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This chapter is from the book

Those already familiar with Java exception handling should feel quite comfortable with the .NET implementation. In fact, if you are reading this book, you should already be throwing and catching exceptions in your code. However, I would like to go over some “advanced-basics” in the area of exception handling before we move on to creating a “base exception” class (sprinkled with a few implementation patterns). Error, or exception handling is one of those things that everyone does but unfortunately, few do it very well. With robust handling, logging, and display, your applications will better stand the test of time and should save you hours in product support. From here forward, I use the word exception in place of error, and vice versa; neither is meant to be distinctive of the other. I assume throughout this chapter that you have already had some experience working with structured exception handling (SEH) because this will not be a tutorial on its basics.

Figure 2.1 illustrates a typical exception-handling scenario. This should provide you generally with the proper flow of throwing and catching exceptions. You'll notice that once an exception is deemed unrecoverable, information is then added to provide the system with as much information as possible for determining the problem. This is where a base exception class becomes useful. Typically, the more you can centralize value-added features to this class, the easier it will be to integrate and leverage from within your framework. This is especially true of large development teams. How many times have there been framework features that were useful but unused? By centralizing important functionality such as logging in your base class and by standardizing how the exceptions should be thrown, you help guarantee its proper use. This also takes any guesswork out of proper exception handling for those developers using your framework. In an upcoming section, I will provide some of the steps for creating such a base class.

02fig01.gifFigure 2.1. Exception flow: How most exceptions should be handled.

Application-Specific Exceptions

Like its C++ and Java predecessors, .NET uses a base System.Exception class as the parent of all thrown exceptions. Many applications can simply use this base class for throwing errors and are not required to implement their own. You may also wish to stick with using the System.SystemException-derived exceptions that come with the FCL. These include exception classes such as System.Web.Services.Protocols.SoapException or System.IO.IOException. System exceptions of these types will also be used throughout the samples in this book. However, for special handling scenarios or to enhance your architecture, it is advisable to build your own exception base class. From there, you can begin to add functionality common to all exception handling for your framework.

From a base exception class, you can create specific error-handling classes and further centralize the process by which errors should be handled, displayed, and recorded in your architecture. This includes general framework exceptions, such as the sample FtpException class you will see shortly, but it also includes all those business rule-specific scenarios that warrant special handling. All custom application exceptions, including your own framework exceptions, should derive from System.ApplicationException and not System.Exception directly. Even though System.ApplicationException directly derives from System.Exception, they have identical features. However, it is important to make the distinction between the two when designing your exception classes.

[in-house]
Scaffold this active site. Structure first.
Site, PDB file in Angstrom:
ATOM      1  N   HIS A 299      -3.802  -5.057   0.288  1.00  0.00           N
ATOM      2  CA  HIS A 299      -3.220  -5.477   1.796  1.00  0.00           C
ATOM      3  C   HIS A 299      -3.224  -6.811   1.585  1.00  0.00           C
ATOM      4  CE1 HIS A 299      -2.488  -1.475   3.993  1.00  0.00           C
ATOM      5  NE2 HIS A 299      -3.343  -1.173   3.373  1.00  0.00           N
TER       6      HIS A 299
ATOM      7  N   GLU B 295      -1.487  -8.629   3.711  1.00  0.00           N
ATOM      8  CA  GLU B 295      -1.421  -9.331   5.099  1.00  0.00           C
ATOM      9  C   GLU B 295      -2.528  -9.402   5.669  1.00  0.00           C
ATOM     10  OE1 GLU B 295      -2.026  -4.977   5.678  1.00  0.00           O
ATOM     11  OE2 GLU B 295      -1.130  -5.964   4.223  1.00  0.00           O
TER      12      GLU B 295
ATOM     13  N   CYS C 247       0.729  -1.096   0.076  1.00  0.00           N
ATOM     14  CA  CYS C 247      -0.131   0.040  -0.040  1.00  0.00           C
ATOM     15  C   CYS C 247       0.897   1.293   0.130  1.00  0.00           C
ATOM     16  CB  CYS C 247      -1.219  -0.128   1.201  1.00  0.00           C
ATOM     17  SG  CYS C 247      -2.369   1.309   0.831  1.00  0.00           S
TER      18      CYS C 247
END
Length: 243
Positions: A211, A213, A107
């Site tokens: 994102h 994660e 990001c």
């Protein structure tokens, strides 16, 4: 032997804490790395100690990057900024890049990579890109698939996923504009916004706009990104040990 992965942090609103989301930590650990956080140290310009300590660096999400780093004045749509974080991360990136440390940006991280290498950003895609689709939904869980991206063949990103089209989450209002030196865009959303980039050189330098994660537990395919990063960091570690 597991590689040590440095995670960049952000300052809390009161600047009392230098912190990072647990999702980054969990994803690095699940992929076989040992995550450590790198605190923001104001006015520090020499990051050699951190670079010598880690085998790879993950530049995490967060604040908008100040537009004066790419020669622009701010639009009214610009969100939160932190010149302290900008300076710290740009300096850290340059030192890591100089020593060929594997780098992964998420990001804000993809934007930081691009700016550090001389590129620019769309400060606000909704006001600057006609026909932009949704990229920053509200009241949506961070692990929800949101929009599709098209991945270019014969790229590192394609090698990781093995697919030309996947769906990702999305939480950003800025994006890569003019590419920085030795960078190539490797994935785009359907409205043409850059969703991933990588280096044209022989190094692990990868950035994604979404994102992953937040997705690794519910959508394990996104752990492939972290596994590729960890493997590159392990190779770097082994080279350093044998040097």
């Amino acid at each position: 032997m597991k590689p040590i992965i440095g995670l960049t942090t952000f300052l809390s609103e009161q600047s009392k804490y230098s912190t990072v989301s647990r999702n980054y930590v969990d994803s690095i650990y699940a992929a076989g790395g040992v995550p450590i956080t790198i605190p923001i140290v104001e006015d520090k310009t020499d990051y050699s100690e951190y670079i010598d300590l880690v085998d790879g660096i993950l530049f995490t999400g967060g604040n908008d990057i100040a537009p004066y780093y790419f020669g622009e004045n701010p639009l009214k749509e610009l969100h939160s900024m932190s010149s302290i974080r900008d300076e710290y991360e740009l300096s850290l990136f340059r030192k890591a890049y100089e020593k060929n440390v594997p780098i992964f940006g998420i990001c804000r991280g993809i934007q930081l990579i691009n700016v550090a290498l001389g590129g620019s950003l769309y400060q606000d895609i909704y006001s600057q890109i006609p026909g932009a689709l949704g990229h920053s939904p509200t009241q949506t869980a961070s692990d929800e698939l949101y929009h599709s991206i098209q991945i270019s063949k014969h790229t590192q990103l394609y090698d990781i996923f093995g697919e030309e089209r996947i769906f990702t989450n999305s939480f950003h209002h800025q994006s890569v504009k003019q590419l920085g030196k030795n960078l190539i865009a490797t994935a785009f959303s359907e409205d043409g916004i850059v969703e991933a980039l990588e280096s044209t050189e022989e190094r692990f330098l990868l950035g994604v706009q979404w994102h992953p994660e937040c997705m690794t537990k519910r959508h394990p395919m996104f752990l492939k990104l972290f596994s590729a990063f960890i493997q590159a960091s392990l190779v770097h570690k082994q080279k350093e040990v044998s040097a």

Rather than using method return codes such as the HRESULTS that we have come to know and love with COM, .NET is a type-based system that relies on the exception type to help identify errors. Throwing the appropriate exception type during a given scenario is as important as specifying the correct HRESULT in the world of COM. This doesn't mean we forgo all error codes. It simply means that leveraging the exception types will initiate a more robust error-handling system.

An example of a feature-specific exception handling class can be found when providing FTP services in your architecture (as shown below). Later, I will describe how this is used when we talk about creating protocol-specific requesters in the next chapter. I am just using this as a simple example, so bear with me. Here, the exception class is expanded to facilitate FTP-specific errors and the protocol return codes that are used to describe the error. The code displayed simply delegates most of the handling to the base class BaseException. Our BaseException class will be described shortly. The point here is that I can now better control how FTP errors should be handled.

In this example, I am simply displaying the error in a specific format when the Message property is used. Building function-specific exception classes also eliminates the guesswork for developers having to utilize an existing framework: If a specific exception class is provided, use it. If certain rules dictate even a future possibility of special error processing, error display, or error recording, then building a custom exception class would be prudent. Once the base exception class is built for a framework, function-specific exception classes can be driven from a template, such as the following: